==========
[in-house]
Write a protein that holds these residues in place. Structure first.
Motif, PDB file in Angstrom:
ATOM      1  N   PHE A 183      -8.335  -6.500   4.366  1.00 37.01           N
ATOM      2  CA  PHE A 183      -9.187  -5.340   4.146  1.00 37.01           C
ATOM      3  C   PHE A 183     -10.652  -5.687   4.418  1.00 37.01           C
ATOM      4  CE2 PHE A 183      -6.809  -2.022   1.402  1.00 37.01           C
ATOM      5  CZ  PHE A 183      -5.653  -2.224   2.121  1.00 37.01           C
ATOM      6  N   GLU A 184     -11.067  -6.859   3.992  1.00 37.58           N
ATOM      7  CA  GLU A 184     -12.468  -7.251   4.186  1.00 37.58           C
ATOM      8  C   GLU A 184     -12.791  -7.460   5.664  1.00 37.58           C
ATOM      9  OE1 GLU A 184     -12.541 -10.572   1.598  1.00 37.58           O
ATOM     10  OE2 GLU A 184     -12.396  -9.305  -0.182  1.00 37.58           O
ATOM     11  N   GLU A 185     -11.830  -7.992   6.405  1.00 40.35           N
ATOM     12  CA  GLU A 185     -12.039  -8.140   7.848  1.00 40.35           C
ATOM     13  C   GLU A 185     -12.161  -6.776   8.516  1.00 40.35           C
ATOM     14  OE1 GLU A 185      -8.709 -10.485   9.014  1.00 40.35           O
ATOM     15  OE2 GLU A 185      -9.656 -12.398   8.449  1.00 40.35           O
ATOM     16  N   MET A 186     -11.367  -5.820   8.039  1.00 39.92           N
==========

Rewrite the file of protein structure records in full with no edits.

[in-house]
Write a protein that holds these residues in place. Structure first.
Motif, PDB file in Angstrom:
ATOM      1  N   PHE A 183      -8.335  -6.500   4.366  1.00 37.01           N
ATOM      2  CA  PHE A 183      -9.187  -5.340   4.146  1.00 37.01           C
ATOM      3  C   PHE A 183     -10.652  -5.687   4.418  1.00 37.01           C
ATOM      4  CE2 PHE A 183      -6.809  -2.022   1.402  1.00 37.01           C
ATOM      5  CZ  PHE A 183      -5.653  -2.224   2.121  1.00 37.01           C
ATOM      6  N   GLU A 184     -11.067  -6.859   3.992  1.00 37.58           N
ATOM      7  CA  GLU A 184     -12.468  -7.251   4.186  1.00 37.58           C
ATOM      8  C   GLU A 184     -12.791  -7.460   5.664  1.00 37.58           C
ATOM      9  OE1 GLU A 184     -12.541 -10.572   1.598  1.00 37.58           O
ATOM     10  OE2 GLU A 184     -12.396  -9.305  -0.182  1.00 37.58           O
ATOM     11  N   GLU A 185     -11.830  -7.992   6.405  1.00 40.35           N
ATOM     12  CA  GLU A 185     -12.039  -8.140   7.848  1.00 40.35           C
ATOM     13  C   GLU A 185     -12.161  -6.776   8.516  1.00 40.35           C
ATOM     14  OE1 GLU A 185      -8.709 -10.485   9.014  1.00 40.35           O
ATOM     15  OE2 GLU A 185      -9.656 -12.398   8.449  1.00 40.35           O
ATOM     16  N   MET A 186     -11.367  -5.820   8.039  1.00 39.92           N